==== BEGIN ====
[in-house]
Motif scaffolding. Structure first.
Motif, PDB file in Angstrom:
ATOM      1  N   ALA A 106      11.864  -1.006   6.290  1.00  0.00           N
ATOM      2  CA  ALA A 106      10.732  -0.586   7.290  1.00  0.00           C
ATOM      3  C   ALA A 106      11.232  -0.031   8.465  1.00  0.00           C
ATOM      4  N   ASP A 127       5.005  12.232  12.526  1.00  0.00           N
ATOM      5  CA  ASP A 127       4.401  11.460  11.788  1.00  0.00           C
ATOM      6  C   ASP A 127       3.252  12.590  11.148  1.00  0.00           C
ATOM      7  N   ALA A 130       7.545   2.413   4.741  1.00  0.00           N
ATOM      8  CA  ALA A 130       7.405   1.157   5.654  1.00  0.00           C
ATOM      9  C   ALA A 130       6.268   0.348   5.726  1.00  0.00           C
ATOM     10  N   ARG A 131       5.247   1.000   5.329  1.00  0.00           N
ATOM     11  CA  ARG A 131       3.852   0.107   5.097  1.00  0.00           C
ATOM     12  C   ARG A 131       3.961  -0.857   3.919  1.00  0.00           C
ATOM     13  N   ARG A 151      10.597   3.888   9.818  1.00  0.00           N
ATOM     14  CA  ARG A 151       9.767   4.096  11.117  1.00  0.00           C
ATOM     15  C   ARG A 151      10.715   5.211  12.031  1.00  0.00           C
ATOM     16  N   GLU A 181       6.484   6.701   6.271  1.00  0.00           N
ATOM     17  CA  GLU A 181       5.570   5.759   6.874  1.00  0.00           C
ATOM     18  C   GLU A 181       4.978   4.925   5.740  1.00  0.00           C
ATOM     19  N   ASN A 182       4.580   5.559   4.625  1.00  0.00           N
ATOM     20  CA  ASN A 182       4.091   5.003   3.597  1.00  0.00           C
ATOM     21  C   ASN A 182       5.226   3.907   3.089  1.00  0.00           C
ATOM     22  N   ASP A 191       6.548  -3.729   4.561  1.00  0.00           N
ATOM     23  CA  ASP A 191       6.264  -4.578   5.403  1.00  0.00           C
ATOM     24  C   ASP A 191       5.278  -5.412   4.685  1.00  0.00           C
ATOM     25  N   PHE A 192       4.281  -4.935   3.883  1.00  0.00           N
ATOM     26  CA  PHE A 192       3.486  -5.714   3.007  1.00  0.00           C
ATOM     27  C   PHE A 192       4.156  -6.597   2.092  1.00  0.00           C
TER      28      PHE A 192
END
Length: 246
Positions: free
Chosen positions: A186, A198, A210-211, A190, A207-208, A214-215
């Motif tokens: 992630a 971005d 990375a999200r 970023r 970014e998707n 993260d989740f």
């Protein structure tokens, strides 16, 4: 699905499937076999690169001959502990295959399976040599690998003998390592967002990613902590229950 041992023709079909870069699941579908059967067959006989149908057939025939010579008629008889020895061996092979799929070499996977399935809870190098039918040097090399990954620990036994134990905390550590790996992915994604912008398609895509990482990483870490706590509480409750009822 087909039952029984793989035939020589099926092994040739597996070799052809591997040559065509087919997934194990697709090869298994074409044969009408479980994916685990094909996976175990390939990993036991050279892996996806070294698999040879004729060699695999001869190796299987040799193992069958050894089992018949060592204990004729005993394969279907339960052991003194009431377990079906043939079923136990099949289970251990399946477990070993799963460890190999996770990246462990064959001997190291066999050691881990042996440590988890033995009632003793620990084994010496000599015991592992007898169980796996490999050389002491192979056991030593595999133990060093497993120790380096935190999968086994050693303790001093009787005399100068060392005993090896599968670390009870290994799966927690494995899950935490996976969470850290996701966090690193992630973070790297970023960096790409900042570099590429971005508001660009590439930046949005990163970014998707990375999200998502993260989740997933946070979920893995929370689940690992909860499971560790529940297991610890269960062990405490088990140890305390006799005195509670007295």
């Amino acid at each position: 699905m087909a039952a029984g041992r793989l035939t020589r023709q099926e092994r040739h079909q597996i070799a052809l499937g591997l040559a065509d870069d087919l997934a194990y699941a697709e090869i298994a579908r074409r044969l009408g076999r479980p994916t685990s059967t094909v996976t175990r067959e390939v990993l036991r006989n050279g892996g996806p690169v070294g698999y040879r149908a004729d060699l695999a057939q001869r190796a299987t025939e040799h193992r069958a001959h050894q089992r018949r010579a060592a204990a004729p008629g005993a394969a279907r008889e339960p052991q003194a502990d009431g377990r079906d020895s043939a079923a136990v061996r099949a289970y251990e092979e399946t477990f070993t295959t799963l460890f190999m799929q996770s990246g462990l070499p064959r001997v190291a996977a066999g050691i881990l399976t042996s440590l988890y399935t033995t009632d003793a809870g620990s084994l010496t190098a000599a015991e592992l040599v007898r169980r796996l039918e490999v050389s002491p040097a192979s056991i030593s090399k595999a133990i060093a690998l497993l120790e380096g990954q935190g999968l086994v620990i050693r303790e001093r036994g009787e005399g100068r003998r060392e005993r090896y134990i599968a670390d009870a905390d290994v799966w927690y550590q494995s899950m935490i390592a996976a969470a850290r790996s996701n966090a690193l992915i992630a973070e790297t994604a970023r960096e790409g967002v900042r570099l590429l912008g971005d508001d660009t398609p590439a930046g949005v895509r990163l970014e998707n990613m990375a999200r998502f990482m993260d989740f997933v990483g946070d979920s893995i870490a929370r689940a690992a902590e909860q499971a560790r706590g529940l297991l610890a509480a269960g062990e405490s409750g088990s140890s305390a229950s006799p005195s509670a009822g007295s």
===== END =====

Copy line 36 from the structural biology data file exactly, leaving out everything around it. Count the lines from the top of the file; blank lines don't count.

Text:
């Motif tokens: 992630a 971005d 990375a999200r 970023r 970014e998707n 993260d989740f």